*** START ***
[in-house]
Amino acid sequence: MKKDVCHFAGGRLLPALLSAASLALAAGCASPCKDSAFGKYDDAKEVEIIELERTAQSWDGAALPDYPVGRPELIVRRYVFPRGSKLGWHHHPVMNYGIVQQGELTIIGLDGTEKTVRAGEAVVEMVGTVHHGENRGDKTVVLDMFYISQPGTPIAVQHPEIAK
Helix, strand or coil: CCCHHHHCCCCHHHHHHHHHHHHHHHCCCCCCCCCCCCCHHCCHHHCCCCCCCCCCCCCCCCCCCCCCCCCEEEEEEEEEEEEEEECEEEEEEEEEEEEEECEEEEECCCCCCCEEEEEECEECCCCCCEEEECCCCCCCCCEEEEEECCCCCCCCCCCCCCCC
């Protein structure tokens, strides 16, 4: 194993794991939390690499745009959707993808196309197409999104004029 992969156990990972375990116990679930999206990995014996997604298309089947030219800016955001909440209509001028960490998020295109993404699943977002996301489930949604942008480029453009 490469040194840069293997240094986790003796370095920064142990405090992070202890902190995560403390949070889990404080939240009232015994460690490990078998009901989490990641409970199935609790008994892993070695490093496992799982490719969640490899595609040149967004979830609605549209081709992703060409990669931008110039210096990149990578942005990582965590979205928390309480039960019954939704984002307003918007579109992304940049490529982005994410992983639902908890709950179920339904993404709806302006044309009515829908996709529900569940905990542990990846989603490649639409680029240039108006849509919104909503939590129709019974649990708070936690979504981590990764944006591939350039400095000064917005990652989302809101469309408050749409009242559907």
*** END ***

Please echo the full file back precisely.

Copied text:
[in-house]
Amino acid sequence: MKKDVCHFAGGRLLPALLSAASLALAAGCASPCKDSAFGKYDDAKEVEIIELERTAQSWDGAALPDYPVGRPELIVRRYVFPRGSKLGWHHHPVMNYGIVQQGELTIIGLDGTEKTVRAGEAVVEMVGTVHHGENRGDKTVVLDMFYISQPGTPIAVQHPEIAK
Helix, strand or coil: CCCHHHHCCCCHHHHHHHHHHHHHHHCCCCCCCCCCCCCHHCCHHHCCCCCCCCCCCCCCCCCCCCCCCCCEEEEEEEEEEEEEEECEEEEEEEEEEEEEECEEEEECCCCCCCEEEEEECEECCCCCCEEEECCCCCCCCCEEEEEECCCCCCCCCCCCCCCC
């Protein structure tokens, strides 16, 4: 194993794991939390690499745009959707993808196309197409999104004029 992969156990990972375990116990679930999206990995014996997604298309089947030219800016955001909440209509001028960490998020295109993404699943977002996301489930949604942008480029453009 490469040194840069293997240094986790003796370095920064142990405090992070202890902190995560403390949070889990404080939240009232015994460690490990078998009901989490990641409970199935609790008994892993070695490093496992799982490719969640490899595609040149967004979830609605549209081709992703060409990669931008110039210096990149990578942005990582965590979205928390309480039960019954939704984002307003918007579109992304940049490529982005994410992983639902908890709950179920339904993404709806302006044309009515829908996709529900569940905990542990990846989603490649639409680029240039108006849509919104909503939590129709019974649990708070936690979504981590990764944006591939350039400095000064917005990652989302809101469309408050749409009242559907």